An opinion poll carried out four years ago in every constituency in the north-west of England, including Tatton, showed majority support for the second runway because of the benefit for jobs. An opinion poll carried out in January showed majority support in every constituency except Tatton, where there was a small majority against it. People in the north-west know that the second runway would produce more jobs than any other investment in the whole of the north of England.

12.48 pm
Mr. Robert Sheldon (Ashton-under-Lyne)

I have only 60 seconds. I listened carefully to the speech of my hon. Friend the Member for Tatton (Mr. Bell). I call him my hon. Friend because he should have hon. Friends on both sides of the House, given the way in which he entered Parliament. He is ably looking after his constituents, and I understand that well. My home, where I have lived nearly all my life, is probably nearer to Manchester airport than the homes of many of my hon. Friend's constituents. I understand the problems, but it is important to have an international airport north of London, and Manchester has such an airport. It is the only such airport outside the south of England, and it is more important to the whole of the north of England and even to Scotland than some of the others that have been mentioned, which are feeder links to London. However, Manchester airport stands on its own. To reverse the move to the south, Manchester should have its second runway.

12.50 pm
The Parliamentary Under-Secretary of State for Transport (Ms Glenda Jackson)

I congratulate the hon. Member for Tatton (Mr. Bell) on raising an issue that is important not only for his constituents but for all those who live and work in the north-west. I thank him for his generosity in allowing time for contributions by my hon. Friends the Members for Wythenshawe and Sale, East (Mr. Goggins) and for Manchester, Blackley (Mr. Stringer) and by my right hon. Friend the Member for Ashton-under-Lyne (Mr. Sheldon). They underlined my point that the issue is of great importance to the whole of the north-west.

Manchester airport is already the 18th busiest in the world, and handles more international passengers than Chicago's O'Hare airport. The proposal to build a second runway inevitably involved a wide range of aviation, economic, environmental and other issues and it became one of the biggest planning issues of the past decade. The Secretary of State at the time decided to call in the proposal because of its regional and national importance. A nine-month public inquiry was held from June 1994 to March 1995, at which parties that supported and those who opposed the runway gave evidence. Some 15,000 written representations were also taken into account. The inspector reported in August 1996 and recommended that planning permission should be granted. The then Secretary of State announced the granting of such permission in January this year.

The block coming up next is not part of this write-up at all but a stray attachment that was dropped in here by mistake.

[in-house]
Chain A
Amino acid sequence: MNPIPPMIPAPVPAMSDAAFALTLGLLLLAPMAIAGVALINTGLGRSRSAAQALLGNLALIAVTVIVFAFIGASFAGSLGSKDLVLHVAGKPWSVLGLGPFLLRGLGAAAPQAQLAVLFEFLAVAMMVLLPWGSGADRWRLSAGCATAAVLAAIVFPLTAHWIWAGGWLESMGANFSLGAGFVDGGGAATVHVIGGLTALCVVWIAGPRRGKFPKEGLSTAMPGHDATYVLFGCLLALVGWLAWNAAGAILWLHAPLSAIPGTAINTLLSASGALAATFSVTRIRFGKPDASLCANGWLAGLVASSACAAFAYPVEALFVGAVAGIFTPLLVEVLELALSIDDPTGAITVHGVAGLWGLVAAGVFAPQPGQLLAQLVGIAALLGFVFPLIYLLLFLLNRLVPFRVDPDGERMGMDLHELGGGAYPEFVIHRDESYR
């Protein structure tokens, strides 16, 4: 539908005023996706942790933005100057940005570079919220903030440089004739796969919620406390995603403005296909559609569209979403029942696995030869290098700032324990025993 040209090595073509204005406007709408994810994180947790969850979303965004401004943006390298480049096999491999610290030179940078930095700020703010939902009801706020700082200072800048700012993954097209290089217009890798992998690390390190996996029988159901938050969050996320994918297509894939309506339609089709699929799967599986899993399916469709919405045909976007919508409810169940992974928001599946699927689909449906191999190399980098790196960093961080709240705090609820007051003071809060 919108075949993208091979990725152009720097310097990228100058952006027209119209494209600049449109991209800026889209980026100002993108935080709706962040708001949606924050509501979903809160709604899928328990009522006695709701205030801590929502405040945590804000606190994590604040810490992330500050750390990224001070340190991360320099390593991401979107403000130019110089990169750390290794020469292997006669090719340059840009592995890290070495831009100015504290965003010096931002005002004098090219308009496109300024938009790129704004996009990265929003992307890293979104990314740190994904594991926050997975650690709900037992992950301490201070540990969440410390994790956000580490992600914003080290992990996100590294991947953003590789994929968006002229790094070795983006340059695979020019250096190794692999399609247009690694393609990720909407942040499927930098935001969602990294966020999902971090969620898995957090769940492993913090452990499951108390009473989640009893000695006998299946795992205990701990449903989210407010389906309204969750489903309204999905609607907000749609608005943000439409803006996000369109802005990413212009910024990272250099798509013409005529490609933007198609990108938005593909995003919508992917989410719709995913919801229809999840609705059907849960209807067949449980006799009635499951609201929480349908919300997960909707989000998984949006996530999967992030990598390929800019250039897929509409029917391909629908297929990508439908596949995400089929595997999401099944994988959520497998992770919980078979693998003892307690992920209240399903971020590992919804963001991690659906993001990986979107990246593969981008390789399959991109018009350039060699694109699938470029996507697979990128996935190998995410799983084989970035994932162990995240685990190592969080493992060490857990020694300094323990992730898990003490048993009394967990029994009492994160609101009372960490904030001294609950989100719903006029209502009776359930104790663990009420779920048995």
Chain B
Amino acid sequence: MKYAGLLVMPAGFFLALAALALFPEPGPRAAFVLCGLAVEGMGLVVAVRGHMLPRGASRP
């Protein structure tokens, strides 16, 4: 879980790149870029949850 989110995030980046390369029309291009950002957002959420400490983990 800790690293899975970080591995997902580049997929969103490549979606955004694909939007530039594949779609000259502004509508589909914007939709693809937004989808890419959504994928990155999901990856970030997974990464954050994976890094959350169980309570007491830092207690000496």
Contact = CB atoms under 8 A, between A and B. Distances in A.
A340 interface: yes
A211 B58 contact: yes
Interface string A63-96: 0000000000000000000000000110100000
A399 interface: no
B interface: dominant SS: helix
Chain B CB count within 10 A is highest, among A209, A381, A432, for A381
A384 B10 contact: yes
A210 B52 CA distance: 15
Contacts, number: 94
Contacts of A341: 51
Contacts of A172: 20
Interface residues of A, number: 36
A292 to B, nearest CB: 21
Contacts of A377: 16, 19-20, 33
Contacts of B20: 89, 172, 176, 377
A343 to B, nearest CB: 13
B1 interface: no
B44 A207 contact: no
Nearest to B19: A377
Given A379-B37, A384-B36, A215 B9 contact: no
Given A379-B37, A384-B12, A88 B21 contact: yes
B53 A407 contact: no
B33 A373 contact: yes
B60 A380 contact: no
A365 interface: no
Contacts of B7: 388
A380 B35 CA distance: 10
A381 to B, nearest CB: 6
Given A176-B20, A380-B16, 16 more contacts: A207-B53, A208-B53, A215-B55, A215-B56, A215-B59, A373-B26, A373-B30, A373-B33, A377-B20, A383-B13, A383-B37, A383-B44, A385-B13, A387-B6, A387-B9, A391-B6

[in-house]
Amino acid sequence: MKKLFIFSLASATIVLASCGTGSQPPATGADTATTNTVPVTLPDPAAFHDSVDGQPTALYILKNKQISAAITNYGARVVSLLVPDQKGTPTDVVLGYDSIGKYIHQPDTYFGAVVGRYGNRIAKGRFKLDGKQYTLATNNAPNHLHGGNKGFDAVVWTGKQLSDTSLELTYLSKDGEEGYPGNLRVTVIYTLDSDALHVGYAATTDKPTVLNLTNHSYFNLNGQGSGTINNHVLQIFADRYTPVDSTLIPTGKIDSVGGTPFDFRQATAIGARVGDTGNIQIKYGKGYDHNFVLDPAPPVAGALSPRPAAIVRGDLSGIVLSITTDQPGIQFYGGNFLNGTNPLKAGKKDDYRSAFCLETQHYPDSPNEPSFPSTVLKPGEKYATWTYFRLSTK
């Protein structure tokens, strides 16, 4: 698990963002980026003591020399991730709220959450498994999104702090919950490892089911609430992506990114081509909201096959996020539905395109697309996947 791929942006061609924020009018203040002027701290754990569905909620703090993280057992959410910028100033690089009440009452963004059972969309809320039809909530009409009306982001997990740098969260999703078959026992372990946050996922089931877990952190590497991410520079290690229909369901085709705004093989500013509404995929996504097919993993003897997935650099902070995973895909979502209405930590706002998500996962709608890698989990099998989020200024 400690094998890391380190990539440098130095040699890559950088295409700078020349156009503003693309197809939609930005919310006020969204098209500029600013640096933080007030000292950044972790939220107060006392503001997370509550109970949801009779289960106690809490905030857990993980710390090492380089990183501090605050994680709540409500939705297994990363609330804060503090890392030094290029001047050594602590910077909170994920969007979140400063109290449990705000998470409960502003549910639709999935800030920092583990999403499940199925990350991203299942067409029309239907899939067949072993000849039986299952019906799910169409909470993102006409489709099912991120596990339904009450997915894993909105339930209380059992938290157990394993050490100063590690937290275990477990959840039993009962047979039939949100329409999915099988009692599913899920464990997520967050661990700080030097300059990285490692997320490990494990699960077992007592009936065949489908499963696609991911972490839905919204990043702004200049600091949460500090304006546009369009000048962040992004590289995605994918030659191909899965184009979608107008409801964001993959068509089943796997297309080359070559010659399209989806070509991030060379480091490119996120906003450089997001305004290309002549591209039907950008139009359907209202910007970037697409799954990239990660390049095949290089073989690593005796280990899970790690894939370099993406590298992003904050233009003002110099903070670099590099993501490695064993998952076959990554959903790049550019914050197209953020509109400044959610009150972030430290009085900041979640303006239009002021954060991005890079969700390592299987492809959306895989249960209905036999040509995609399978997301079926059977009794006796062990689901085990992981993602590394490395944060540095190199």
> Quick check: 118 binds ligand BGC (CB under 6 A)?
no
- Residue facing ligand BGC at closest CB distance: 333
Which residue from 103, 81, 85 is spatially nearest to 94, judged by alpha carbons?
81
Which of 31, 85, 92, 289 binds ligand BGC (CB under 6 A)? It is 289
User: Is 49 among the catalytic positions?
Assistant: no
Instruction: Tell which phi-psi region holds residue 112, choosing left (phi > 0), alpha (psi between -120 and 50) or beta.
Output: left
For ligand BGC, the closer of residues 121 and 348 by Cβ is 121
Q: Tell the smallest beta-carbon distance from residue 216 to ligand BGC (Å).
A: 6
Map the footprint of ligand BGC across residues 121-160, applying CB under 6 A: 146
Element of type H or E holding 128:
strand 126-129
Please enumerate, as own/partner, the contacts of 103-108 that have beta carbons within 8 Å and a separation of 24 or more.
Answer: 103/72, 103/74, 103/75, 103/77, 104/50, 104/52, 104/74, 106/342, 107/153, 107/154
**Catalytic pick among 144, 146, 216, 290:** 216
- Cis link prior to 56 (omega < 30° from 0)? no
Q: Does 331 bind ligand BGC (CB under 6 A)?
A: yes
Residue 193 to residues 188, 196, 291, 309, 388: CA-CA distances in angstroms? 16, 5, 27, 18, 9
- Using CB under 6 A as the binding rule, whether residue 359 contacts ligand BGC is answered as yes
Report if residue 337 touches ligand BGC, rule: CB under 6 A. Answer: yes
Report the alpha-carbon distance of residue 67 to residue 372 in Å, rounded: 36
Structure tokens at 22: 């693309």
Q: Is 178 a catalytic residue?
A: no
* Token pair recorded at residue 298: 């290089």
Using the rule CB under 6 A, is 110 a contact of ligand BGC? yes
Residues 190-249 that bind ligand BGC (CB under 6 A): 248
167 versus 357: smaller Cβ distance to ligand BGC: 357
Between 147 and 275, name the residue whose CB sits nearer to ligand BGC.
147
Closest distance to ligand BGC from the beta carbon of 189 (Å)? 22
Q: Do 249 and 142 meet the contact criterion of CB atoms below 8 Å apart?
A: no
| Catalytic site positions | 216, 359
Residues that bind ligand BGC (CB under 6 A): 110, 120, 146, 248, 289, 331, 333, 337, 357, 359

Since the decision, opposition to the new runway has continued, and the Government have received numerous requests to revoke or review the decision. We have taken those requests seriously and examined the issues carefully. As a Cheshire girl, I would never have considered accusing the hon. Member for Tatton or any of his constituents of NIMBYism. We have concluded that it would be wrong to reopen the decision.

I am grateful for this opportunity to comment on some of the issues that were raised by the planning application, but I shall first give a brief outline of the policy background. We are committed to bringing together transport and environmental decision-making. My right hon. Friend the Secretary of State announced in the House on 5 June that we had launched a fundamental review of transport policy to provide an integrated transport system that meets the environmental and transport needs of all regions for today and the future. The review will look at short and long-term actions that are necessary to deliver an integrated transport system, and we aim to publish a White Paper in the spring. Its publication will mark the initial analytical goal setting and consultation phase in the development of that policy.

The hon. Member for Tatton spoke about possible investigation by the European Commission. There is no official investigation by the Commission. The current position is that it has asked the United Kingdom for comments on a dossier of papers that was provided to it. My Department is considering the dossier and will reply shortly. It will then be for the Commission to decide whether to take the matter further.

The accusation of state subsidy to British Airways relates to new facilities that are currently being constructed in terminal 1. The airport company agreed with BA and the other users of terminal 1 to redevelop the terminal following the opening of the first phase of the new terminal 2. The planning of that redevelopment has concentrated on increasing capacity, providing better facilities for passengers transferring between domestic and international flights and increasing the amount of retail space.